And in addition to outright extinction, there are wholesale eliminations of local populations of plants and animals. The killing of wildlife is so profound that scientists have coined the term defaunation to capture it. We’re emptying out the planet. Big or small, herbivores or carnivores, marine or freshwater or terrestrial — it’s happening across the board. There’s a sad and facile view circulating that extinction is natural, so what does it matter if it’s human-caused? What this ignores is that the vast majority of species becoming extinct are robust, meaning they’re well adapted to their surroundings. These are healthy species experiencing overwhelming pressure from the human onslaught…When we drive a species to extinction, we’re prematurely taking out of existence a unique, amazing manifestation of life that has never existed before and will never arise again, and we’re extinguishing all possibilities of its evolution into new forms.”

Black bears are only one example of an animal that is on its way to extinction.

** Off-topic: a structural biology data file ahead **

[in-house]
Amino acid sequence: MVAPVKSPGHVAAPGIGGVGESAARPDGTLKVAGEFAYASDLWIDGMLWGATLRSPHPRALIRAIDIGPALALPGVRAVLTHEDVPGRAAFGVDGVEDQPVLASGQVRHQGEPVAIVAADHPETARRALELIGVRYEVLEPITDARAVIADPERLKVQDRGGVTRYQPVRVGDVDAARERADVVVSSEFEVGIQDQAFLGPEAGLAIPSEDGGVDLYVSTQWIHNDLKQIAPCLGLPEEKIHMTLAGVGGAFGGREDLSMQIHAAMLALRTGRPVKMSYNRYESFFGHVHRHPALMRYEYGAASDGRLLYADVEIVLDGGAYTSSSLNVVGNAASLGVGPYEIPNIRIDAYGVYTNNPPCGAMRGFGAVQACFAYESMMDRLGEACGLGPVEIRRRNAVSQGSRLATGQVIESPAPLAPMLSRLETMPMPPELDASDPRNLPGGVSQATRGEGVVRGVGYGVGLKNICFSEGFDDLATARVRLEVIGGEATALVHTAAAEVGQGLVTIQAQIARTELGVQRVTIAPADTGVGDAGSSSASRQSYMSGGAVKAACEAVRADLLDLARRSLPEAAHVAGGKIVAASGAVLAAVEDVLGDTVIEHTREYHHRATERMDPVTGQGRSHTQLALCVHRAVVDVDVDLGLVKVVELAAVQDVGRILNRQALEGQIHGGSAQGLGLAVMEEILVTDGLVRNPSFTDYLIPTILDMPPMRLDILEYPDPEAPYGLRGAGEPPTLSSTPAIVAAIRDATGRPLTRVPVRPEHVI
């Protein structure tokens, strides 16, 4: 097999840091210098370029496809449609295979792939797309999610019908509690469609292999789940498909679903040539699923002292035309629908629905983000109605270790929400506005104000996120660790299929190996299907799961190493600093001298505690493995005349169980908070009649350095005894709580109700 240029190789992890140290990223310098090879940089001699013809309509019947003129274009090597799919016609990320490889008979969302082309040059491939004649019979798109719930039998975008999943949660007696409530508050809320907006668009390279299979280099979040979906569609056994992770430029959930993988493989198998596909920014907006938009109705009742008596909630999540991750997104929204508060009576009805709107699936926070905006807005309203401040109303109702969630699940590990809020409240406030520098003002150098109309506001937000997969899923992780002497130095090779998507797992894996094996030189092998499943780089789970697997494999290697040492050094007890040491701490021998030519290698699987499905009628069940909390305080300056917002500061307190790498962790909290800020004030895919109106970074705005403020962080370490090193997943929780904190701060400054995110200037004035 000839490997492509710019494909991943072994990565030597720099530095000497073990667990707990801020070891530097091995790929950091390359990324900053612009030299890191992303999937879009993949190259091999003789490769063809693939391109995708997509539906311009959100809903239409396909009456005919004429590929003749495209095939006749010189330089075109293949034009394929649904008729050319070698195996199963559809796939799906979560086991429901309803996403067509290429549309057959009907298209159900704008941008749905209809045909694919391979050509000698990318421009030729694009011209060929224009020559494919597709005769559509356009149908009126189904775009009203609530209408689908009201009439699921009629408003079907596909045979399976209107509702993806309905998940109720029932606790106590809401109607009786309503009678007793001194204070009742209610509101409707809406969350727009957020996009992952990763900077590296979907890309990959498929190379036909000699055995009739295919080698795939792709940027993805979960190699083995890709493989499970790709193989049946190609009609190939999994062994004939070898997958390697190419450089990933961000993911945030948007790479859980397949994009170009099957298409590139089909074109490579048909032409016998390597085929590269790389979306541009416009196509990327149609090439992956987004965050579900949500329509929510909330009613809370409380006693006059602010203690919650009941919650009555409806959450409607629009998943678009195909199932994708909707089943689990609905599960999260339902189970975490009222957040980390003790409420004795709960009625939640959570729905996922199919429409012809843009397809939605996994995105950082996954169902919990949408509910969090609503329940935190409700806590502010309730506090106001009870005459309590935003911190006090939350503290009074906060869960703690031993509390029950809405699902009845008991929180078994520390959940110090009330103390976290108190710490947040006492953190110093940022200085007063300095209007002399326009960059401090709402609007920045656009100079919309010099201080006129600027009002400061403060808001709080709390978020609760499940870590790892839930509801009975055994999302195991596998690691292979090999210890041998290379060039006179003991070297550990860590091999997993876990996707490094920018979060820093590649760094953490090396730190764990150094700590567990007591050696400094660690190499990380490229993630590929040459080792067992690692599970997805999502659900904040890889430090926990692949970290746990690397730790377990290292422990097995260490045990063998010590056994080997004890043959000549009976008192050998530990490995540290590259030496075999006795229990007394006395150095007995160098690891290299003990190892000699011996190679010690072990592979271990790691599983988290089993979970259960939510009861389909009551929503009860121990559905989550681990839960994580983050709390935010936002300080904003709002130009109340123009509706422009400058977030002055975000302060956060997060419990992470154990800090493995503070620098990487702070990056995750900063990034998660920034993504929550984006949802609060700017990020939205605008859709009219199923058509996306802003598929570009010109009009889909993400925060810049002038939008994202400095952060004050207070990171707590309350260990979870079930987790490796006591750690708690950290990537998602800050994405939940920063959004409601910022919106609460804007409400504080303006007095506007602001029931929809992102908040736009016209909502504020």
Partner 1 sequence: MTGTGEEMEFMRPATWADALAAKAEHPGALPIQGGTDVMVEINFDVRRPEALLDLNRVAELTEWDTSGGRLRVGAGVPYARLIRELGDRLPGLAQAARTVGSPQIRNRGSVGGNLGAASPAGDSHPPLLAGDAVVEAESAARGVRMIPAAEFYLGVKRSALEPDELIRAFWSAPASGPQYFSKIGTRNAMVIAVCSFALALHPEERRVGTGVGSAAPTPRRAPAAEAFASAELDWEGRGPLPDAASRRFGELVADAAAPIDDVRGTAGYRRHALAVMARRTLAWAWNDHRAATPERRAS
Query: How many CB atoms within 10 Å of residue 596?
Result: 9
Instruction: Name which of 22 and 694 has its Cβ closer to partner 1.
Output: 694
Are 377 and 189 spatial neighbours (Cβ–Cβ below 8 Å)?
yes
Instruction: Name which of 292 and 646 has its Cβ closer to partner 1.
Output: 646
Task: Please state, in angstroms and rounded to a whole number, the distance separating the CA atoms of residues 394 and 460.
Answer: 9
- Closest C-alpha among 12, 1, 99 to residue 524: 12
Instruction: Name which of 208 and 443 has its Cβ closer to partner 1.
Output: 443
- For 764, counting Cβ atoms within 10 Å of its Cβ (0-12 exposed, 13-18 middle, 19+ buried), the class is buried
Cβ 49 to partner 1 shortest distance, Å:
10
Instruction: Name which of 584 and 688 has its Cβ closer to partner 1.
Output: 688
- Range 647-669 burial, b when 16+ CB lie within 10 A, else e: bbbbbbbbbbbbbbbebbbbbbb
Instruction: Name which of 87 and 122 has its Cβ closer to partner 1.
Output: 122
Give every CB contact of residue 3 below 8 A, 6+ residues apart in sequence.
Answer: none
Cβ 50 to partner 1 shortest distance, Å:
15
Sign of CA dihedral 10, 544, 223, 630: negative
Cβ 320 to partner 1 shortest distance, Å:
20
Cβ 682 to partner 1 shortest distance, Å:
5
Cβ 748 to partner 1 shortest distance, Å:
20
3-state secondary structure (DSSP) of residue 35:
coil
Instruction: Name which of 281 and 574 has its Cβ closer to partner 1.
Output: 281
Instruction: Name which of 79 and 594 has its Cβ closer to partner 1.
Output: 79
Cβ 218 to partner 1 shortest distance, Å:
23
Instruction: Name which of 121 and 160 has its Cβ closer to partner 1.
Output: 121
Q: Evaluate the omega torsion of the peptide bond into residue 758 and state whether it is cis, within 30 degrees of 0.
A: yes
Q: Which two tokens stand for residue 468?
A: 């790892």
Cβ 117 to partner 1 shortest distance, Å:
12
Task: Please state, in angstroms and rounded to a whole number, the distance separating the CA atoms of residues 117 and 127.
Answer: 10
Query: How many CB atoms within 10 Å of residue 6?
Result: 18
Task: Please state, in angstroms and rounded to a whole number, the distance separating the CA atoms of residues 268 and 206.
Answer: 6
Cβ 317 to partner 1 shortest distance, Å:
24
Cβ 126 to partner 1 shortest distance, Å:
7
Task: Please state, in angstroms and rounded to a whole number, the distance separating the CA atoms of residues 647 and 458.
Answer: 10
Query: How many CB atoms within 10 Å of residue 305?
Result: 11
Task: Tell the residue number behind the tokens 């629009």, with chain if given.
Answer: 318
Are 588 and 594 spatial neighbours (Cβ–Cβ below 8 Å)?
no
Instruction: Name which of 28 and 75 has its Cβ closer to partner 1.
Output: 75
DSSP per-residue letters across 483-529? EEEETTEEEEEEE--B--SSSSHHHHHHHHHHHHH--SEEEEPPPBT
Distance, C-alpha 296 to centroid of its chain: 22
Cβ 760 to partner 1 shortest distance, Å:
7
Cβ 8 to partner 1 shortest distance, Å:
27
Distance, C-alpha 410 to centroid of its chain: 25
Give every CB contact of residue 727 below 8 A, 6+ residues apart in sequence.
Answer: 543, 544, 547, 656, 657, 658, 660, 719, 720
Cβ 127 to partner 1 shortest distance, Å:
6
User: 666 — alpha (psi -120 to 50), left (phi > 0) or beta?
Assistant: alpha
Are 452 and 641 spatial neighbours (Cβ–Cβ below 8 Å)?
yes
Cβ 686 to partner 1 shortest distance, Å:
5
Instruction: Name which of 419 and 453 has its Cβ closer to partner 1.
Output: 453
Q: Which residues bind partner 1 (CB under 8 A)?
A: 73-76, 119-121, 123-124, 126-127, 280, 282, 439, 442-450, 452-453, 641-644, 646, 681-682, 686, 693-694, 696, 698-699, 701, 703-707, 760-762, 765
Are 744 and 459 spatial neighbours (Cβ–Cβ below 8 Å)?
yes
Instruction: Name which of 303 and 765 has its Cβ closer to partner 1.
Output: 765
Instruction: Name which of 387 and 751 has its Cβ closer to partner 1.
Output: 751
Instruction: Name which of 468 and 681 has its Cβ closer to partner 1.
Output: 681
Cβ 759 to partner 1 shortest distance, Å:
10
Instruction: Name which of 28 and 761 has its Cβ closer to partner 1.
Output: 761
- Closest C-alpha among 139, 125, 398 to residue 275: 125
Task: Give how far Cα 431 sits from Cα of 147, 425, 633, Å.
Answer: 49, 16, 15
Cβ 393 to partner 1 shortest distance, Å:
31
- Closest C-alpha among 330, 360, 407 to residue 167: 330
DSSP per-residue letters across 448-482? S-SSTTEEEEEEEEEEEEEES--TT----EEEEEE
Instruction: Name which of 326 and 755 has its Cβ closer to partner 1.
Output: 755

How ironic it is that I should be writing about extinction on the day before Earth Day 2021 – a day that has become a time of global mourning for those of us who are still awake..

Sara

24 thoughts on “BARE GRACE

  1. Dear Sara, how amazing that you and Bear have made a place in this universe where the two of you can look at each other without fear or suspicion. This is a rare gift! Thank you for sharing this with us and for reminding us how far an open heart can bring us into real communion with Mother Earth.

    Liked by 1 person

      1. I have been away with no access to computer so have fallen behind on comments… Have a piece of writing for you called “Mountain Mother” miss those essays and everything else about mago!

        Liked by 1 person

  2. I love your sincere and heartfelt style. Your ideas here remind of author Jack Turner’s essays from The Abstract Wild. In summary, there is no replacement for an authentic, mystical experience with wild. Modern culture attempts to capture it through Wilderness Areas, Wildlife refuges, and zoos, etc, but that immediate, sacred connection with the wild and the animals in it is irreplaceable and starkly absent from modern culture.

    Liked by 1 person

    1. Thank you for this heartfelt comment – as you say there is no replacement for an authentic mystical experience with our relatives in the wild – I write what I feel – blogs unlike editors let you write whatever you want and my blog is a place where freedom reigns! Of course I like publishing too for different reasons – so its a both and thing! Thank again.

      Like